Active Voice Strategic and economic consequences of cheap oil
By Amit Kapoor
Crude oil prices have plummeted globally. The present levels have consequences for both oil exporting countries like Russia, Nigeria, Mexico and Venezuela and those in the Middle East, as well as developing economies like China and India that depend on imports for meeting the demands of their fast prospering populations. In the past, the high price ensured that the oil exporting countries had enough inflows in the form of payments by developing and developed economies that have had a shortage of crude oil pre-July. However the economy is just one of the consequences of cheap oil. The other effects of equal, if not more importance include geopolitics and strategic alignment.
The Organization of Petroleum Exporting Countries (OPEC) basket that contains 12 grades of crude is quite representative of the price movement. This has fallen close to $40 in the past six months – from $108 a barrel in July this year to $61 on December 11. This fall is probably the steepest decline in atleast the past 14 years and is attributed to the discoveries of newer techniques for extracting shale oil that have resulted in an increase in the production of US crude. It has led to global prices of crude oil going into a tailspin, which has consequences that are both strategic and economic.
The fall has augured well for India in strengthening ties with its long-standing defence equipment partner and supplier Russia as witnessed during the recent visit of the President Vladimir Putin. The Russian economy, which is badly hit by EU and US sanctions amid collapsing crude oil prices, seems keen to pivot the sanctions with growth opportunities in the rising Asian economies, most prominently those of China and India.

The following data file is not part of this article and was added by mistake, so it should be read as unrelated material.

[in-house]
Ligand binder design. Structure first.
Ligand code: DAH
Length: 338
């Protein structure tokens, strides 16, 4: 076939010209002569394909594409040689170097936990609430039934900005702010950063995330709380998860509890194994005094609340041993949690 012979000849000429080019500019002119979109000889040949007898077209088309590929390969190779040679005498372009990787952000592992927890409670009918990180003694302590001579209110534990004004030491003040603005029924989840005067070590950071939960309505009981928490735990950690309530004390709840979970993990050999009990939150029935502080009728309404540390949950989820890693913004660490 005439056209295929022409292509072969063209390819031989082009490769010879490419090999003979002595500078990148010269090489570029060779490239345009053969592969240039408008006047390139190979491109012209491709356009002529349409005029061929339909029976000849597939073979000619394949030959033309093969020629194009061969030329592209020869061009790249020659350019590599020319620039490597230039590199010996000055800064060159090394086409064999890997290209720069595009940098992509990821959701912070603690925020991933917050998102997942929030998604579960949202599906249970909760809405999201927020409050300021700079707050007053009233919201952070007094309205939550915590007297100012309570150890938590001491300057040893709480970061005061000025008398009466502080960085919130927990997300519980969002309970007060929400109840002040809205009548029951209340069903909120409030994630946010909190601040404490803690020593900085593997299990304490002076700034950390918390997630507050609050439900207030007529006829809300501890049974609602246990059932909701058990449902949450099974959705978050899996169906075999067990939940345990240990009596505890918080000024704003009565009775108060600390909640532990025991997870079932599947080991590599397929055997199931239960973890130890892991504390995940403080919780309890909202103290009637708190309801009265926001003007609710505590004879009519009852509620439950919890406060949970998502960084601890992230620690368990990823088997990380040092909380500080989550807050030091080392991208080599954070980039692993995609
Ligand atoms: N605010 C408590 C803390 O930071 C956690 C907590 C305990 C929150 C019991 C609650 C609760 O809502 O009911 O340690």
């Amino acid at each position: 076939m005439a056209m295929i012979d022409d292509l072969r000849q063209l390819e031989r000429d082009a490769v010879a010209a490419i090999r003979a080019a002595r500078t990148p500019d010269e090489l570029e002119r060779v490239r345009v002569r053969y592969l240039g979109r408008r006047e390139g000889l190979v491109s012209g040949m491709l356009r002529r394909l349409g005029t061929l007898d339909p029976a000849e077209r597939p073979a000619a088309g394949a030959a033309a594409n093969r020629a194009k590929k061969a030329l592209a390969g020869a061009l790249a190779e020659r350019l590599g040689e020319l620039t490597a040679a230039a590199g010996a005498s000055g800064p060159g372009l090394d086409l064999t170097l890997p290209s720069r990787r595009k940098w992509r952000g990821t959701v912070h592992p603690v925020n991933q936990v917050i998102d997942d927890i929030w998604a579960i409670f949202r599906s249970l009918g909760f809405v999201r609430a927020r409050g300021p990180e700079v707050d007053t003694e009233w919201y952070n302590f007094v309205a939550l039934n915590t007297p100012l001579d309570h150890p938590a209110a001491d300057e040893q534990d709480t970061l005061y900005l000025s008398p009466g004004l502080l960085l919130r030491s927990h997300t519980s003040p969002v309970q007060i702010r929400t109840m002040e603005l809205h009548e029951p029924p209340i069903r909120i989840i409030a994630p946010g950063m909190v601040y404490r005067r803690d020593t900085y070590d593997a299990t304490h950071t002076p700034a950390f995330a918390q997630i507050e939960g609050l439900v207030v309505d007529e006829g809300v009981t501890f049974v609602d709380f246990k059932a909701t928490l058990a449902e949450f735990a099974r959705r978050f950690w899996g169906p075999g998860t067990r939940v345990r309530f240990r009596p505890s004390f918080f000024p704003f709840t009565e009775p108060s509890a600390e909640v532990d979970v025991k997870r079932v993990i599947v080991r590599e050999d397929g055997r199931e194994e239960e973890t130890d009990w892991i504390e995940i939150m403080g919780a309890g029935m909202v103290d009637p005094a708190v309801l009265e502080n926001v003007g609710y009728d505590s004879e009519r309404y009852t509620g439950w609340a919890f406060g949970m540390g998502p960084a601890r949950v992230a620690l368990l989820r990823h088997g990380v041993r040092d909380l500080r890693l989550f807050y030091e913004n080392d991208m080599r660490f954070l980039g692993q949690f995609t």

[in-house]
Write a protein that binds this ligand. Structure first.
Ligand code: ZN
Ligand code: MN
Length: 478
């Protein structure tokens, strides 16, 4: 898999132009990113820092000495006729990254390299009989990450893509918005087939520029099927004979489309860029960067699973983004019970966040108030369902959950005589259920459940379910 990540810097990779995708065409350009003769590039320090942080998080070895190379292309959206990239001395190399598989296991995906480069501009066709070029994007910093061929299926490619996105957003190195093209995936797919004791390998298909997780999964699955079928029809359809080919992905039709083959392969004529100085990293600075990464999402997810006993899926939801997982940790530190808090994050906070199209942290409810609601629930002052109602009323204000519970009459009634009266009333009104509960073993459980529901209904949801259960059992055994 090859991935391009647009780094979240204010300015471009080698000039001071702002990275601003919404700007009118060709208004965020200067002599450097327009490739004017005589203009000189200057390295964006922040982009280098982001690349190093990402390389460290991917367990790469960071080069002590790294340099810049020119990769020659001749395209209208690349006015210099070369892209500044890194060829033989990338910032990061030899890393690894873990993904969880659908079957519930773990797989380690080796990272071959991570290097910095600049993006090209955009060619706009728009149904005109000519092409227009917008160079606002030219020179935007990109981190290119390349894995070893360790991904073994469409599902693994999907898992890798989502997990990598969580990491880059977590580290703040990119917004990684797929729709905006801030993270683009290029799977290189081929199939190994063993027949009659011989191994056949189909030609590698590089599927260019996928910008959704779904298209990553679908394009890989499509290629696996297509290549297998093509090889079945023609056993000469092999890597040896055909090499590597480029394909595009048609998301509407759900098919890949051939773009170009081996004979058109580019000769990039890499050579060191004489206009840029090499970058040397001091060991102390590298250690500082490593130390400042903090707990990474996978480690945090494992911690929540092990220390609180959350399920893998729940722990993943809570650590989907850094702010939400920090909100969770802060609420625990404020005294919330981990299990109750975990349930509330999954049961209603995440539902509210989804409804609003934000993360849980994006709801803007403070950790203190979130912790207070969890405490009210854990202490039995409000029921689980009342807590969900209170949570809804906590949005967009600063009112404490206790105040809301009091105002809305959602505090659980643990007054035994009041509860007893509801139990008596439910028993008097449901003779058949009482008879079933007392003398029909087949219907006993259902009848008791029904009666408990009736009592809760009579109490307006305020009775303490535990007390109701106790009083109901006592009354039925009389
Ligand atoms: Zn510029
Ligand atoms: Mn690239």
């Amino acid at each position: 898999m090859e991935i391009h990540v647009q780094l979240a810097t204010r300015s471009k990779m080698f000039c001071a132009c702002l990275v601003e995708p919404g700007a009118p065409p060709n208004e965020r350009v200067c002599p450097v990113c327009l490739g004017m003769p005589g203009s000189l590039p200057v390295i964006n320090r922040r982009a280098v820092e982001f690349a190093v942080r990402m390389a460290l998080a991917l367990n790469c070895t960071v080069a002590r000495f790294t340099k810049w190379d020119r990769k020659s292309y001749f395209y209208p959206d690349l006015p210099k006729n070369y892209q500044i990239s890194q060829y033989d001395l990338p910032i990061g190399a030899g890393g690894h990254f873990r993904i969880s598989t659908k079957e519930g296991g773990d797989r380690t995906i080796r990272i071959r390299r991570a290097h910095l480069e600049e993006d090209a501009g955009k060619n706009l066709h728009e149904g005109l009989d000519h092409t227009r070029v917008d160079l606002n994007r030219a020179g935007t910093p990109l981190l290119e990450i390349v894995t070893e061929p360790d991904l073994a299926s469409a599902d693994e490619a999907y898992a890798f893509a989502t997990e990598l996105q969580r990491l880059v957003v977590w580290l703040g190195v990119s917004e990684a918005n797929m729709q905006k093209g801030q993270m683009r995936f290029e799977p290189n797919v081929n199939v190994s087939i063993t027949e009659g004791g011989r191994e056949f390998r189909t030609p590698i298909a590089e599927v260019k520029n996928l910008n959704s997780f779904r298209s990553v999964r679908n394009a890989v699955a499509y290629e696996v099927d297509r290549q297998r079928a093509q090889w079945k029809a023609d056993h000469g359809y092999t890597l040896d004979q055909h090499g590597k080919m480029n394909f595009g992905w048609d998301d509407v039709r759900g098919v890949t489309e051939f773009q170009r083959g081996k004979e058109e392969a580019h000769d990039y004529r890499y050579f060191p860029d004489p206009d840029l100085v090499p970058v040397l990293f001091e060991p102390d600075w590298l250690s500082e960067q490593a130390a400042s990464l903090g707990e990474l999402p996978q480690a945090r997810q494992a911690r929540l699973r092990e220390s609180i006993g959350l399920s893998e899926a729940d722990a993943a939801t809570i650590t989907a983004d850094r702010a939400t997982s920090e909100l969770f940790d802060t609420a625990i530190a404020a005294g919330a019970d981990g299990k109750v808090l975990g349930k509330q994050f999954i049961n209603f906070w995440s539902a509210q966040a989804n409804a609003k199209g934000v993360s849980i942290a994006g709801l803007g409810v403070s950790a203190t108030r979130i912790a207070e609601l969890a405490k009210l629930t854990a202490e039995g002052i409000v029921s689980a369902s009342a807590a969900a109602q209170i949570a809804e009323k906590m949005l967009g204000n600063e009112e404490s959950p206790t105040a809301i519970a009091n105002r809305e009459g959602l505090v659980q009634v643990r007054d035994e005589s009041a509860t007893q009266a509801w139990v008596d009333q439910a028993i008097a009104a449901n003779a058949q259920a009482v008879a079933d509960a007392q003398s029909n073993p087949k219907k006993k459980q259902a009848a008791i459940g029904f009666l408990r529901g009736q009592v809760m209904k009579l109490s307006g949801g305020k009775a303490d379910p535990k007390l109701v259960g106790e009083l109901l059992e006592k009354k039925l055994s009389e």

Prime Minister Narendrs Modi, alongwith President Putin, strengthened the two countries’ engagement on energy as well as in crucial areas of trade and defence. Modi declared post his meeting with Putin that Russia plans to build at least 10 more nuclear reactors in energy-starved India. In the oil and gas sector, Russia’s Rosneft entered into a 10-year multibillion-dollar agreement with India’s Essar Group, which is planning to import a whopping 10 million tonnes (mt) of crude oil a year for 10 years. At present, the market value of the deal is estimated at $40 billion over a 10-year timeframe. Also, apart from these two major deals, cooperation in energy also included a $1bn joint venture to support hydroelectric power projects in India. In our opinion, all these are positive developments for securing India’s energy future.
In the area of trade, the joint statement issued by Modi and Putin mentioned increasing the turnover of goods and services to $30 billion by 2025 – roughly three times the current figure. Similarly, two-way investments are targeted to increase to $15 billion each way up from $4 billion in 2012. Significant headway was also made in the area of diamond trade with Russia and India trying to reconfigure global value chains to benefit their economies.
In the field of defence production too, Russia seemed keen to manufacture its most advanced military helicopter in India and agreed to advance a long-delayed project to develop a joint fighter jet with India. These agreements are is in line with the Indian government’s commitment to Make in India.
While we agree that falling crude prices cannot alone explain Russia and India’s vigorous positive engagement, we do believe cheap oil does act as a catalyst, especially when Russsia’s diplomatic ties with other countries seem a bit strained at present. Thus, in our opinion, the geopolitics of oil goes far beyond the economic aspect of cheap oil. While we do believe that falling crude prices will benefit India in economic terms. We also think it will open up opportunities for active engagement in the strategic sphere.
On the economic aspect, government sources believe that the overall impact of cheap crude oil could help Finance Minister Arun Jaitley to reap a fiscal windfall of at least $12 billion when he presents his 2015-16 budget in February. This is a considerable amount and may enable him meet his predecessor’s fiscal deficit target of 4.1 percent of the GDP. If Jaitley can achieve this, it will go to ease inflation further, most likely spurring the RBI for a rate cut. But before that, US President Barack Obama’s visit will, hopefully, help one derive some conclusions about India’s strategic alignment. In the domestic sphere, a rate cut, along with the other proposed reforms like the Goods and Services Tax might just be the change in gear that the Indian economy presently is looking for.
(The article is co-authored with Sankalp Sharma, senior researcher at the Institute for Competitiveness, India. Amit Kapoor is Chair, Institute for Competitiveness & Editor of Thinkers. The views expressed are personal. He can be reached at email@example.com and tweets @kautiliya)